Andrew Thomas' Office Puts Man Who Filed Racial Discrimination Complaint On Paid Leave For Eight Months, Lawyer Says

By Ray Stern Racial discrimination and retaliation is rampant at the Maricopa County Attorney's Office, according to an anonymous letter received this week by New Times.

A local lawyer for one of the alleged victims tells New Times that, in one case, the office began an internal investigation into alleged wrongdoing by a man who had previously filed a racial discrimination complaint. While conducting that investigation, the office has kept the employee on paid leave for more than eight months, the lawyer says.

The letter alleges that two black former employees and one current Hispanic employee of the county attorney's office are among several people who have filed discrimination complaints.

The letter was accompanied by two documents that appear to be internal complaint forms from the office: One is from a woman named Mary Turner Allen who now works for the Town of Maricopa Police department; the other, dated January 17, 2007, is from a man named Manuel Saldate.

Neither the letter nor the apparent internal documents give full details about the alleged discrimination. Allen did not return repeated calls, and Saldate would not comment when called by New Times, instead referring all comments to his Phoenix lawyer, Kraig Marton.

According to the letter, a Hispanic detective for the office -- later confirmed by Marton as Saldate -- complained after he failed to receive transfers to "better positions" that he'd requested. In one instance, the letter states, the detective was the only employee to put in for a transfer to "the drug section." Yet in each case, white employees were selected for the positions.

Saldate filed a discrimination complaint, and an internal investigation cleared the office of any wrongdoing, the letter says. Other Hispanic detectives in the office apparently became concerned of similar treatment following rumors of a pending transfer and promotion of a newly hired white detective who had less seniority than the Hispanics. The letter states that some of the Hispanics were called into a meeting by management to counter allegations of discrimination and favoritism.

Some of the Hispanic detectives had tried "for years" to get a transfer to the office's Mesa location, since it was closer to their homes, the letter states.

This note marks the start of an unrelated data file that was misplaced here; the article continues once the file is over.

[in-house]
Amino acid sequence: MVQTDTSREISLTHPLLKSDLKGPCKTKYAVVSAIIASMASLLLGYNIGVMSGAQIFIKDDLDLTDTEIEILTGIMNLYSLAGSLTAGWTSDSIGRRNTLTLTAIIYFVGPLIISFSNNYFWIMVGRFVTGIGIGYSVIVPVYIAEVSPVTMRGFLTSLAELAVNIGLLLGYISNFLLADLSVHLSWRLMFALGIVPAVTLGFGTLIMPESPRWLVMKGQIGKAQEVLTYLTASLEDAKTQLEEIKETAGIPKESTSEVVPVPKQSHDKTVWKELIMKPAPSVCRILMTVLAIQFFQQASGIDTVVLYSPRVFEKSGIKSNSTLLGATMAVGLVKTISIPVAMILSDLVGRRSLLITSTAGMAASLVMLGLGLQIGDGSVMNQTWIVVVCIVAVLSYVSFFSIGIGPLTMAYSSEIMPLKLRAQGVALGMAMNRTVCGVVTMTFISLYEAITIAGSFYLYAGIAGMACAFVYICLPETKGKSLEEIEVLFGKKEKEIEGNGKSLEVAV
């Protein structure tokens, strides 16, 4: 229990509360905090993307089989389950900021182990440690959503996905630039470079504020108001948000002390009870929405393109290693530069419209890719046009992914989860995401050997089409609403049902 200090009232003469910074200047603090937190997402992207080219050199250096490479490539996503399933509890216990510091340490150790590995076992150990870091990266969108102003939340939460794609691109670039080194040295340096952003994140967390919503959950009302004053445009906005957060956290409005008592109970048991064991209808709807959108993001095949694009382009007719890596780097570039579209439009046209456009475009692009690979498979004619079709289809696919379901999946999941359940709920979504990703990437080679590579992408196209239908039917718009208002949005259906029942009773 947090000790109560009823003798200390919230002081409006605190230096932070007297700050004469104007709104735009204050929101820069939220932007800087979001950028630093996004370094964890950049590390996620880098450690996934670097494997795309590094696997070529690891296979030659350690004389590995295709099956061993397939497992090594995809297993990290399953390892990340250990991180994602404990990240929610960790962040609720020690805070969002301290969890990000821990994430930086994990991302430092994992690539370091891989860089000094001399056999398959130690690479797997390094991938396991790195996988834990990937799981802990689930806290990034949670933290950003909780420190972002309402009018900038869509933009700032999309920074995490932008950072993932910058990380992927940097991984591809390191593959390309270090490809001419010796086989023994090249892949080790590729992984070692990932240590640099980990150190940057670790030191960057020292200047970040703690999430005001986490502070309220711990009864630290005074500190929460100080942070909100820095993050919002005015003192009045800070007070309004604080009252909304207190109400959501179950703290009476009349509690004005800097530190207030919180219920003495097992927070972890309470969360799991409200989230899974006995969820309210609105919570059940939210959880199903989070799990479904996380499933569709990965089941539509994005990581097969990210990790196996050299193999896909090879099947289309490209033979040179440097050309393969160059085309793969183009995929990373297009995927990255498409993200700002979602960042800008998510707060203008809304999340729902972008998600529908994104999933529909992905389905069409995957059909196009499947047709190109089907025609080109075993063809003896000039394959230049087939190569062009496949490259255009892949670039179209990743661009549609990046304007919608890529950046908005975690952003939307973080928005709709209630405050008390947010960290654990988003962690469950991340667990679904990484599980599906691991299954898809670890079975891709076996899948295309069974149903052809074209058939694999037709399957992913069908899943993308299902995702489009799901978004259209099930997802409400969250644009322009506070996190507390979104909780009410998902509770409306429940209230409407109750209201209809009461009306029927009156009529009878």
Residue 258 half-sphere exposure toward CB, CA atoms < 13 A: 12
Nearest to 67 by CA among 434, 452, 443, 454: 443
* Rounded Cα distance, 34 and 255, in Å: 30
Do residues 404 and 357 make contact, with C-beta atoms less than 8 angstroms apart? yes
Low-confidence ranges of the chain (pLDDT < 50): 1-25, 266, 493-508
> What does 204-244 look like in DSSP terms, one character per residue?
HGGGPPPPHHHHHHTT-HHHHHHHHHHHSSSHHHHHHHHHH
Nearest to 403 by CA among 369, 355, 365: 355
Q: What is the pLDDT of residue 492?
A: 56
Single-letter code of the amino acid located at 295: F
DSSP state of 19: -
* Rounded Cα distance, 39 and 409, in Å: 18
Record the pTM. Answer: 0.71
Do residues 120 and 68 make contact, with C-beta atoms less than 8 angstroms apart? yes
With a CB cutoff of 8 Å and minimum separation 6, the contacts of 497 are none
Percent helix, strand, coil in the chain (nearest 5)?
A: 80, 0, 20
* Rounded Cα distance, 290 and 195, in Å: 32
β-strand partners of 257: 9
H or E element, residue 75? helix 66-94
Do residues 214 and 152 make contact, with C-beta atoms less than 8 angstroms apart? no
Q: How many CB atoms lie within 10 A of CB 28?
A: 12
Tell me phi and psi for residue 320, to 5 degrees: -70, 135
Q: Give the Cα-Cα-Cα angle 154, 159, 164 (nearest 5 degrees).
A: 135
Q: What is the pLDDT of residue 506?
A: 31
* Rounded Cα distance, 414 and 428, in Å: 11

"Instead they sent the new White detective and gave him a take home car which nobody is supposed to know about," the letter states.

After one manager left the office, the new manager told the detective staff that if anyone feels they were discriminated, they should file a complaint. The detective -- Saldate -- then filed a federal Equal Employment Opportunity Commission complaint against the office, the letter states.

"This pisses them off so the next thing you know the Mexican detective is on paid leave and is told to stay home," the letter states. "I guess the thing they got him for is technical b.s. which normally takes like a month to investigate, but this guy has been off for 8 or 9 months. He is going to get fired but they're not going to fire him until after the election to keep him quiet."

Marton, Saldate's lawyer, would not comment on the letter. However, he prepared a statement and later read it to New Times:

Manny Saldate has been on a paid administrative leave since January 23, 2008. To date, the department has not taken any action related to that leave. Mr. Saldate denies engaging in any conduct that would justify termination. We reserve further comment until the department takes action, if any, on its pending investigation.

Allen's December 6, 2006 complaint form was accompanied by a memo she apparently wrote the same day which explains her grievance. She claims the department's rejection of her request to be assigned to an office project taking place at her own church was the result of racial discrimination.

"This appears and feels like Racial Discrimination," the Allen memo states. "This event was being held at an African American Church and our unit did not allow the only African American Detective, who volunteered, to participate."

In an attempt to verify the complaint forms, New Times e-mailed both forms to Michael Scerbo, the media contact and spokesperson for the county attorney's office. New Times offered Andrew Thomas or Scerbo the chance to comment on the discrimination allegations.

So far, Thomas' office has chosen to remain silent.

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Ray Stern has worked as a newspaper reporter in Arizona for more than two decades. He's won numerous awards for his reporting, including the Arizona Press Club's Don Bolles Award for Investigative Journalism.